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Wednesday, 24 May 1939


Mr ANTHONY (Richmond) .- I rise to record my agreement with those honorable members who have voiced their objection to the filching of private members' day. More especially do I register my protest against this proposal when there stands on the notice-paper a motion of such importance as that appearing in the name of the honorable member for Balaclava (Mr. White).


Mr Gander - Will the honorable member vote against the Government?


Mr ANTHONY - Yes. I believe that the Government ought to recognize that if the business of Parliament is of such a character that it requires the sittings to be extended beyond the 9th, the 19th, or even the 29th June, we should be prepared to sit on and do the job for which we were appointed, until we are satisfied that full consideration has been given to all the matters brought before us. I am prepared - and I have no doubt that a majority of honorable members are of the same mind - to sit on for as long as is necessary to complete the business of the Parliament, rather than that a day that is recognized as private members' day should be filched from us. We could easily sit for an additional day at the end of these sittings.


Mr Menzies - We have had a fairly good private members' day to-day.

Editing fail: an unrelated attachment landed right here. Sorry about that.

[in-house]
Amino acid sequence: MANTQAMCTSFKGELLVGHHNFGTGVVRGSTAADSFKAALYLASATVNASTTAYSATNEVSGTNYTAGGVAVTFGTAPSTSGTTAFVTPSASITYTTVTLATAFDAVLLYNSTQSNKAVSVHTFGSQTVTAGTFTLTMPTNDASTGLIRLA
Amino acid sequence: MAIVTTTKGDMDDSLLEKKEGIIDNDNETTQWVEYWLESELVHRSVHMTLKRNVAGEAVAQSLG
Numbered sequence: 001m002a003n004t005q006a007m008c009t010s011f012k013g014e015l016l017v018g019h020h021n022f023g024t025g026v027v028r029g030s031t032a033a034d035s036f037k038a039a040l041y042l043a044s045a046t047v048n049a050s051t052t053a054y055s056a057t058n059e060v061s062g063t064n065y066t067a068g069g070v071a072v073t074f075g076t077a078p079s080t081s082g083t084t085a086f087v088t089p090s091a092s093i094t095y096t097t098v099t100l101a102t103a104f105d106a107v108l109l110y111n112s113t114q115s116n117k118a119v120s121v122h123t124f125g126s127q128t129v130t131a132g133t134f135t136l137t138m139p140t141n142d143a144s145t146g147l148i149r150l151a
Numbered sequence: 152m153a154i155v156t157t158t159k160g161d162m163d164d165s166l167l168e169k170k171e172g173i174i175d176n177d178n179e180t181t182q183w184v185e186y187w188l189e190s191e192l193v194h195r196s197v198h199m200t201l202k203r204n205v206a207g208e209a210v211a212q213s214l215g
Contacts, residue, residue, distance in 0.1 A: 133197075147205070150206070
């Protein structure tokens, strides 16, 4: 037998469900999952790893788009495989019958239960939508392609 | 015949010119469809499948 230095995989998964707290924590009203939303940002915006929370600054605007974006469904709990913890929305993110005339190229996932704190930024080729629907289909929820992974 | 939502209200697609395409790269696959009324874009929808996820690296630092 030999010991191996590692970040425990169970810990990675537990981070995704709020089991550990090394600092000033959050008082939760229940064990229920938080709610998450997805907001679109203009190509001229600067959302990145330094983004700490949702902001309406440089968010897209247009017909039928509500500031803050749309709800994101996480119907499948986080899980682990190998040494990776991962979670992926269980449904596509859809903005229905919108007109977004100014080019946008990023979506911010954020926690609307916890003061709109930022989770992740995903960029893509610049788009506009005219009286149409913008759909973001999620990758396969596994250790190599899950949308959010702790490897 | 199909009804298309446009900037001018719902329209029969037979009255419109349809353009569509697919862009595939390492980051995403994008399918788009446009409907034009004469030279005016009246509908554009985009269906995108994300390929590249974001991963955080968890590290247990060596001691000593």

Mr ANTHONY - We have had a very good day - a day in the interests of the Australian people, who value some of the principles of democracy. It has not been a day for the ventilation of spleen or spite on the part of individual members, but time has been profitably devoted to the discussion of a vital principle. There is also a principle involved in the motion in the name of the honorable member for Balaclava set down for discussion to-morrow. If that motion were not on the business-paper, I should not be so emphatic in my views; but the fact that it is there, and that this proposal todefer it is now placed before us, is an indication that the Government wishes to stifle discussion on the anomalies that exist in matters connected with the repatriation of Australian soldiers. In my opinion, the Government is making a mistake in giving the impression that it seeks to sidetrack the discussion of that subject. I do not think that, many members of this House, or, indeed, that the Government itself is convinced, that there is need to ask private members to forgo the day set apart for their business. If the business to he transacted be so important as the Government thinks that it is, and as we all believe it to be, the sittings might well be extended far beyond the date that has been indicated as the last day of these sittings, namely, the 9th June. I urge the Government not to interfere with private members' business to-morrow.







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